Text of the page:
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      06-14-2013
On 14/6/2013 11:22 πμ, Antoon Pardon wrote:

>> Python prints numbers:

> No it doesn't, numbers are abstract concepts that can be represented in
> various notations, these notations are strings. Those notaional strings
> end up being printed. As I said before we are so used in using the
> decimal notation that we often use the notation and the number interchangebly
> without a problem. But when we are working with multiple notations that
> can become confusing and we should be careful to seperate numbers from their
> representaions/notations.


How do we separate a number then from its represenation-natation?

What is a notation anywat? is it a way of displayment? but that would be
a represeantion then....

Please explain this line as it uses both terms.

No it doesn't, numbers are abstract concepts that can be represented in
various notations

>> but when we need a decimal integer

>
> There are no decimal integers. There is only a decimal notation of the number.
> Decimal, octal etc are not characteristics of the numbers themselves.


So everything we see like:

16474
nikos
abc123

everything is a string and nothing is a number? not even number 1?

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Heiko Wundram
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      06-14-2013
Am 14.06.2013 10:37, schrieb Nick the Gr33k:
> So everything we see like:
>
> 16474
> nikos
> abc123
>
> everything is a string and nothing is a number? not even number 1?


Come on now, this is _so_ obviously trolling, it's not even remotely
funny anymore. Why doesn't killfiling work with the mailing list version
of the python list?

--
--- Heiko.
 
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Nick the Gr33k
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      06-14-2013
On 14/6/2013 12:06 μμ, Heiko Wundram wrote:
> Am 14.06.2013 10:37, schrieb Nick the Gr33k:
>> So everything we see like:
>>
>> 16474
>> nikos
>> abc123
>>
>> everything is a string and nothing is a number? not even number 1?

>
> Come on now, this is _so_ obviously trolling, it's not even remotely
> funny anymore. Why doesn't killfiling work with the mailing list version
> of the python list?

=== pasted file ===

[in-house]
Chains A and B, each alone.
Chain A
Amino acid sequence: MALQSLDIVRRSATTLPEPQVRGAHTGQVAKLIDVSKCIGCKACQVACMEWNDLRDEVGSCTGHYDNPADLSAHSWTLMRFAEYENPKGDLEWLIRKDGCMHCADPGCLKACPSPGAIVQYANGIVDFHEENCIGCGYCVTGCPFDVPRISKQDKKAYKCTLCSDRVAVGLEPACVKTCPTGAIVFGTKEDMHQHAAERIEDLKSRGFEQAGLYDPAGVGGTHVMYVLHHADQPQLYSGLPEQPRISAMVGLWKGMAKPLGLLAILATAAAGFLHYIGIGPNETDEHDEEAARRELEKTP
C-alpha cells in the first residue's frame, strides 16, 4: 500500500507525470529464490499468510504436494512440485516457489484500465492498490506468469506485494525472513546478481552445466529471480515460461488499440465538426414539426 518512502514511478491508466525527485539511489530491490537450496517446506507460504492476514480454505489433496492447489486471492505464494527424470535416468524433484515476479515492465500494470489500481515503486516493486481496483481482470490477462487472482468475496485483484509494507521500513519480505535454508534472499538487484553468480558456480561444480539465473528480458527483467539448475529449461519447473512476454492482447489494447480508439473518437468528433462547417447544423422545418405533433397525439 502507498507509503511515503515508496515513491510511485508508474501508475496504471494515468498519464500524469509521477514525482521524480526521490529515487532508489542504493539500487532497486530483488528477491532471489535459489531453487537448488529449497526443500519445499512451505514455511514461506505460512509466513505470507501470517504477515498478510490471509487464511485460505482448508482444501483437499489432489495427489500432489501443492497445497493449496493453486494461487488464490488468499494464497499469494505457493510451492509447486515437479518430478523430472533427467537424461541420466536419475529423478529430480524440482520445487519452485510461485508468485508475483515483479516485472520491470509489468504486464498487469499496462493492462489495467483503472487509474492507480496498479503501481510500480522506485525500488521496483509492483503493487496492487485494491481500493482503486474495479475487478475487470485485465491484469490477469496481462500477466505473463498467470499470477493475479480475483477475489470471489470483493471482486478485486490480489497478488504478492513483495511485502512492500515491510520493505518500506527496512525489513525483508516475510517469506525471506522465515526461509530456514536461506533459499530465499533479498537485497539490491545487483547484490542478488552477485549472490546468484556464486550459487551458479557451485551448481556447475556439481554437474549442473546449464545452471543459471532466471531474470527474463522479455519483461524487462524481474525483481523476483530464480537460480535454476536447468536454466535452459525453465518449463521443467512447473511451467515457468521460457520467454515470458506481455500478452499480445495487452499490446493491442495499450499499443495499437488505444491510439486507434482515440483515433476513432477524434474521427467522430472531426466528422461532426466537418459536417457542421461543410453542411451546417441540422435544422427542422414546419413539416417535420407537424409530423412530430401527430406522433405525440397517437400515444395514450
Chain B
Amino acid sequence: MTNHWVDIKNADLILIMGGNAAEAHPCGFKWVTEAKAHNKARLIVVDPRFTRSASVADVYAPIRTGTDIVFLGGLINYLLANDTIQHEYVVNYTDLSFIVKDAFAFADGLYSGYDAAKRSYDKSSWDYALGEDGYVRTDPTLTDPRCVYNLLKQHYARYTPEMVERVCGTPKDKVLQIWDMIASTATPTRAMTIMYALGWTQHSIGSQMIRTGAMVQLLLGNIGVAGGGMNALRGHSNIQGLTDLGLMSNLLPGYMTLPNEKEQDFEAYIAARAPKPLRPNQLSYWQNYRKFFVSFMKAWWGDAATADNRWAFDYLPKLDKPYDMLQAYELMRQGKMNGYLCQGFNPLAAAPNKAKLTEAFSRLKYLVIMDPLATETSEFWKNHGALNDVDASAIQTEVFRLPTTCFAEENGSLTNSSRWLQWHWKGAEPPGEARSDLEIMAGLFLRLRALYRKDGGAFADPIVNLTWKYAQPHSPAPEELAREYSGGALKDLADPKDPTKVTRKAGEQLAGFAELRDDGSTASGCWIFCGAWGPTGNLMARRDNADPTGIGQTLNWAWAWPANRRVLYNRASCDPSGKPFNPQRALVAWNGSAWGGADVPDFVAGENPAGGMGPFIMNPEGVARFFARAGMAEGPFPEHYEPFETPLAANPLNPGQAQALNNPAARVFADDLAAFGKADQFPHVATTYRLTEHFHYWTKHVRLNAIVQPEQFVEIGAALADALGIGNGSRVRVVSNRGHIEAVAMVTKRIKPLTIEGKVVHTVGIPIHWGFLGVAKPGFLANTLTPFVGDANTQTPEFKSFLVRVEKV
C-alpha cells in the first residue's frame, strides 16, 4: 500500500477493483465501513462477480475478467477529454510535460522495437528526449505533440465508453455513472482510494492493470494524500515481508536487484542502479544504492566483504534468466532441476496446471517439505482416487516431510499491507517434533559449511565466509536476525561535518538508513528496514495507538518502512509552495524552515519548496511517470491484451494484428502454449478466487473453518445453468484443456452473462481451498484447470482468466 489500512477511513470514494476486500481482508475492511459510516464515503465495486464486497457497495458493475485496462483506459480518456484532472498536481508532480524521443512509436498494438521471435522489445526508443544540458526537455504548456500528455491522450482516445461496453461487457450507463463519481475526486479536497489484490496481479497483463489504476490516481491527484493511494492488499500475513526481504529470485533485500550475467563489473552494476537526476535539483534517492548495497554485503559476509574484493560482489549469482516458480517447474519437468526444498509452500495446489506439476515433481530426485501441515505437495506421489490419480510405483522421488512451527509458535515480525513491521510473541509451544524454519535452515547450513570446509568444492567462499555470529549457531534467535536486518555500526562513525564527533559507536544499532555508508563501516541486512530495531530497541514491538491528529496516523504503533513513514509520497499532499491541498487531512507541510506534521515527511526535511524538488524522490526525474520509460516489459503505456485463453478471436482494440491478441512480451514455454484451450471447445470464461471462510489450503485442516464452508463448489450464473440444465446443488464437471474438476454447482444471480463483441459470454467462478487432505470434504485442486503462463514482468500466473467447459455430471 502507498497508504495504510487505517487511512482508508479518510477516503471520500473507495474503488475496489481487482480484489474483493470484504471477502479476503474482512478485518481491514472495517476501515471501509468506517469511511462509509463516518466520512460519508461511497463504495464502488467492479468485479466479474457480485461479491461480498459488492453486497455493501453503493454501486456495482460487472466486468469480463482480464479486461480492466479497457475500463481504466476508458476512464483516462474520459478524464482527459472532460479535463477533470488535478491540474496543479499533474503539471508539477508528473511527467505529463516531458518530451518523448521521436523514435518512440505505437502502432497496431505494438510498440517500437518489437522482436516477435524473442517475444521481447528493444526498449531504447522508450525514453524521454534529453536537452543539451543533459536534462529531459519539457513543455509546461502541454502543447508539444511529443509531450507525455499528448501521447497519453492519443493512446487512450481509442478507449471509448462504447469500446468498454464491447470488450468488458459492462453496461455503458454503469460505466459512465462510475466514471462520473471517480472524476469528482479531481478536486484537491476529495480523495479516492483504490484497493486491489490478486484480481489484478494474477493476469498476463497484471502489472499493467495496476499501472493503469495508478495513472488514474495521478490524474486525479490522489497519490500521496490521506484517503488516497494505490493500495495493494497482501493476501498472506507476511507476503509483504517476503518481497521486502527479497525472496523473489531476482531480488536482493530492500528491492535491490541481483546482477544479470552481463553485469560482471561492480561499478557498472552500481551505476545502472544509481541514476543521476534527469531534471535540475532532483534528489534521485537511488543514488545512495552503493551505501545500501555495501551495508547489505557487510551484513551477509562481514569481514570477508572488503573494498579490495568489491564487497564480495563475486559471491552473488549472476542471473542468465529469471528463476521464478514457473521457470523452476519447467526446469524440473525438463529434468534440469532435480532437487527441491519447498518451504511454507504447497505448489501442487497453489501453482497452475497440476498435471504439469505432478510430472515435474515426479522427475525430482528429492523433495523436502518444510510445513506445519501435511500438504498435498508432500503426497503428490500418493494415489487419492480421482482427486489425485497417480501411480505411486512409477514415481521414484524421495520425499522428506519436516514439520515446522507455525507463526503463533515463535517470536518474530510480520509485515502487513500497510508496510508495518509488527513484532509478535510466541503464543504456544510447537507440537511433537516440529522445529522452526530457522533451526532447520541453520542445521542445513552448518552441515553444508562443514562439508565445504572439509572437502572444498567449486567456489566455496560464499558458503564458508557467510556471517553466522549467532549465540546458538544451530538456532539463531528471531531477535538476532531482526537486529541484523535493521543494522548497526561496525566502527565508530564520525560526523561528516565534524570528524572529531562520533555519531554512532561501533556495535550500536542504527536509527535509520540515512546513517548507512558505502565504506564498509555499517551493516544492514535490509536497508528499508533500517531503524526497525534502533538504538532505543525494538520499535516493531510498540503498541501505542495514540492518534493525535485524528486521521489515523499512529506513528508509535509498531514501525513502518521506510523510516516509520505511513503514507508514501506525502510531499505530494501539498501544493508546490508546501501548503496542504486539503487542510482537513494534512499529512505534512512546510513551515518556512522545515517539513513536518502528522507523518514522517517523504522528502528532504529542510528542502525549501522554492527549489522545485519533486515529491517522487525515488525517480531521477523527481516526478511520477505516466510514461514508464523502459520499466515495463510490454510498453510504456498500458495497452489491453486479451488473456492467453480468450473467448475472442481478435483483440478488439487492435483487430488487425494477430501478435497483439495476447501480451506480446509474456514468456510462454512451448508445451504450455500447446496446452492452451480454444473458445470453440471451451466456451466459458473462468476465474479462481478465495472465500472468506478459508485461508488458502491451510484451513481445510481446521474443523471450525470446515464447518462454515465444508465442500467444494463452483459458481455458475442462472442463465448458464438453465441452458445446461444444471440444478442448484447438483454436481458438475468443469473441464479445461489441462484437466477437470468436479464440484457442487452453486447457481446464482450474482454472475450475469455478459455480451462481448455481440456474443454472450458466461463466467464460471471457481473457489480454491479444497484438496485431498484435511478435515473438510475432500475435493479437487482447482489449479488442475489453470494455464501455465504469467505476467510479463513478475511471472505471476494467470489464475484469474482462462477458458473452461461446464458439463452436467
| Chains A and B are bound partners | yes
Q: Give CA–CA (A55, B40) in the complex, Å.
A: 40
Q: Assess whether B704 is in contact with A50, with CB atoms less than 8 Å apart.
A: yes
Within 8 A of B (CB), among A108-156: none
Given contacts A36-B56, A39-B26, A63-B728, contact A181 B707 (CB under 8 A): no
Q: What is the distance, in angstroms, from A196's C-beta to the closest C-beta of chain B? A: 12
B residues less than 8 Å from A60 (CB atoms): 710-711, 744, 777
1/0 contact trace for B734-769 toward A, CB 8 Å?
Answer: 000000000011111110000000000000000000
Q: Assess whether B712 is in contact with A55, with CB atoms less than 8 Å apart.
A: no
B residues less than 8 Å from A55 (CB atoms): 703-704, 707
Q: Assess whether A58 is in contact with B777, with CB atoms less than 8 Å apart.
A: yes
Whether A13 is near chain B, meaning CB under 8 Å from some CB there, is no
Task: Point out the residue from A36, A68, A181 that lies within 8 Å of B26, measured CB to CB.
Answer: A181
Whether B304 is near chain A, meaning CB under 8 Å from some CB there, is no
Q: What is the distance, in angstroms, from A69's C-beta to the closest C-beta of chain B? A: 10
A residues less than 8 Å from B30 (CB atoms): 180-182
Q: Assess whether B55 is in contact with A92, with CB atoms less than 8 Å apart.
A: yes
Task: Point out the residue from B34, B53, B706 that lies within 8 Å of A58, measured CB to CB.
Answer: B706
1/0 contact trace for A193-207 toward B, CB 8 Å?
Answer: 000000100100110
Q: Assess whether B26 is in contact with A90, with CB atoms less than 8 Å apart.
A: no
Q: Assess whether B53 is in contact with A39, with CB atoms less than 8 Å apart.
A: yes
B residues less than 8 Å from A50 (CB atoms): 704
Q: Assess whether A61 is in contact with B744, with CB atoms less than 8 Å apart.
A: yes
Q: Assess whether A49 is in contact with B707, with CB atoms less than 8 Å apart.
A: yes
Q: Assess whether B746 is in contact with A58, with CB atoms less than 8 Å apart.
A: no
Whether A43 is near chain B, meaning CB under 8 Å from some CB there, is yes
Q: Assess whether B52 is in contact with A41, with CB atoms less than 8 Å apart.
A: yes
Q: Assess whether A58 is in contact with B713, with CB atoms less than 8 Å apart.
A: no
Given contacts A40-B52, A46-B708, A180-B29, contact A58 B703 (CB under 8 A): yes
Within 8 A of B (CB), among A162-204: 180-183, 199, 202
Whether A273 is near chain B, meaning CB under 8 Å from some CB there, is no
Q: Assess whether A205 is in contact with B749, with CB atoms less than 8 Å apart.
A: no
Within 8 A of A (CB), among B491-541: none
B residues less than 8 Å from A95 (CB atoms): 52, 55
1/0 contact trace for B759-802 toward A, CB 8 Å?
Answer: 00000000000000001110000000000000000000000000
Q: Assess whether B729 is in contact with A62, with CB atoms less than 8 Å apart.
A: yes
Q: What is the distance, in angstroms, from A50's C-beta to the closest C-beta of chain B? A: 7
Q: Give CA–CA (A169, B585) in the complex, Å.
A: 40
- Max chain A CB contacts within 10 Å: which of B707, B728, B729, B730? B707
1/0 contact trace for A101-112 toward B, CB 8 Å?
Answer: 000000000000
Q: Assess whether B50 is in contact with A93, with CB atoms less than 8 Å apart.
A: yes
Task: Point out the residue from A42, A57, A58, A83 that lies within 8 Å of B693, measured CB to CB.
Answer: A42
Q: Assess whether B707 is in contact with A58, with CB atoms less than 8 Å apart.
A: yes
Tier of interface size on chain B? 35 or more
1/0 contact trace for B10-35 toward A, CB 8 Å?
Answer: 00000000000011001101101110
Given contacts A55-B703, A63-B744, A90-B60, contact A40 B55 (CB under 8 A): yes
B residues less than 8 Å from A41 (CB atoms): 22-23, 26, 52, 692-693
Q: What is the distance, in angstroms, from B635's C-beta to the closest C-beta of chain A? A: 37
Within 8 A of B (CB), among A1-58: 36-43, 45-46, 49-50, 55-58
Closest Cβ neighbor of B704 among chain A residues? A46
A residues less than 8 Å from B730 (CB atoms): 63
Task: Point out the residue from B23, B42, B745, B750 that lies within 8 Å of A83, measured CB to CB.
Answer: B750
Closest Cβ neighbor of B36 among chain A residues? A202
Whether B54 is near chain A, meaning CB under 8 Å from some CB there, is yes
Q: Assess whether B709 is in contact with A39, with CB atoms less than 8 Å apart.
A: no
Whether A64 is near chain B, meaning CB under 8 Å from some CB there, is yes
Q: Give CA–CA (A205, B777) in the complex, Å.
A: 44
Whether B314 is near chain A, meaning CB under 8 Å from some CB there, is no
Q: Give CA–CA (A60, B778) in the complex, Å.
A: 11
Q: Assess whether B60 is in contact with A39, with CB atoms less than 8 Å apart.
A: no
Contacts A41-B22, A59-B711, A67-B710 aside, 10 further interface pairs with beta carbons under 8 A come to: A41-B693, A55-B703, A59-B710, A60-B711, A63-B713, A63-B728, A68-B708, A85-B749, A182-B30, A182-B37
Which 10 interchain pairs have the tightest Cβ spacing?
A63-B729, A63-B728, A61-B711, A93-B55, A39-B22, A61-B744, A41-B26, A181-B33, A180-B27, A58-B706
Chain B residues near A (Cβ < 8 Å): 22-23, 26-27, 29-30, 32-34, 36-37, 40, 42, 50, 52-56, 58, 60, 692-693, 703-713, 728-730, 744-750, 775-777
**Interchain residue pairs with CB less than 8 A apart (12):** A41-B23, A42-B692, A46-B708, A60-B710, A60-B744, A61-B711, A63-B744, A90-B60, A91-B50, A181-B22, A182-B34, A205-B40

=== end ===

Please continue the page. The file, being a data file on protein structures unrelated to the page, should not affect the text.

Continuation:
>


I'mm not trolling man, i just have hard time understanding why numbers
acts as strings.

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Cameron Simpson
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      06-14-2013
On 14Jun2013 09:59, Nikos as SuperHost Support <(E-Mail Removed)> wrote:
| On 14/6/2013 4:00 πμ, Cameron Simpson wrote:
| >On 13Jun2013 17:19, Nikos as SuperHost Support <(E-Mail Removed)> wrote:
| >| A code-point and the code-point's ordinal value are associated into
| >| a Unicode charset. They have the so called 1:1 mapping.
| >|
| >| So, i was under the impression that by encoding the code-point into
| >| utf-8 was the same as encoding the code-point's ordinal value into
| >| utf-8.
| >|
| >| So, now i believe they are two different things.
| >| The code-point *is what actually* needs to be encoded and *not* its
| >| ordinal value.
| >
| >Because there is a 1:1 mapping, these are the same thing: a code
| >point is directly _represented_ by the ordinal value, and the ordinal
| >value is encoded for storage as bytes.
|
| So, you are saying that:
|
| chr(16474).encode('utf-8') #being the code-point encoded
|
| ord(chr(16474)).encode('utf-8') #being the code-point's ordinal
| encoded which gives an error.
|
| that shows us that a character is what is being be encoded to utf-8
| but the character's ordinal cannot.
|
| So, whay you say "....and the ordinal value is encoded for storage
| as bytes." ?

No, I mean conceptually, there is no difference between a codepoint
and its ordinal value. They are the same thing.

Inside Python itself, a character (a string of length 1; there is
no separate character type) is a distinct type. Interally, the
characters in a string are stored numericly. As Unicode codepoints,
as their ordinal values.

It is a meaningful idea to store a Python string encoded into bytes
using some text encoding scheme (utf-8, iso-8859-7, what have you).

It is not a meaningful thing to store a number "encoded" without
some more context. The .encode() method that accepts an encoding
name like "utf-8" is specificly an encoding procedure FOR TEXT.

So strings have such a method, and integers do not.

When you write:

chr(16474)

you receive a _string_, containing the single character whose ordinal
is 16474. It is meaningful to transcribe this string to bytes using
a text encoding procedure like 'utf-8'.

When you write:

ord(chr(16474))

you get an integer. Because ord() is the reverse of chr(), you get
the integer 16474.

Integers do not have .encode() methods that accept a _text_ encoding
name like 'utf-8' because integers are not text.

| >| > The leading 0b is just syntax to tell you "this is base 2, not base 8
| >| > (0o) or base 10 or base 16 (0x)". Also, leading zero bits are dropped.
| >|
| >| But byte objects are represented as '\x' instead of the
| >| aforementioned '0x'. Why is that?
| >
| >You're confusing a "string representation of a single number in
| >some base (eg 2 or 16)" with the "string-ish representation of a
| >bytes object".
|
| >>> bin(16474)
| '0b100000001011010'
| that is a binary format string representation of number 16474, yes?

Yes.

| >>> hex(16474)
| '0x405a'
| that is a hexadecimal format string representation of number 16474, yes?

Yes.

| WHILE:
| b'abc\x1b\n' = a string representation of a byte, which in turn is a
| series of integers, so that makes this a string representation of
| integers, is this correct?

A "bytes" Python object. So not "a byte", 5 bytes.
It is a string representation of the series of byte values,
ON THE PREMISE that the bytes may well represent text.
On that basis, b'abc\x1b\n' is a reasonable way to display them.

In other contexts this might not be a sensible way to display these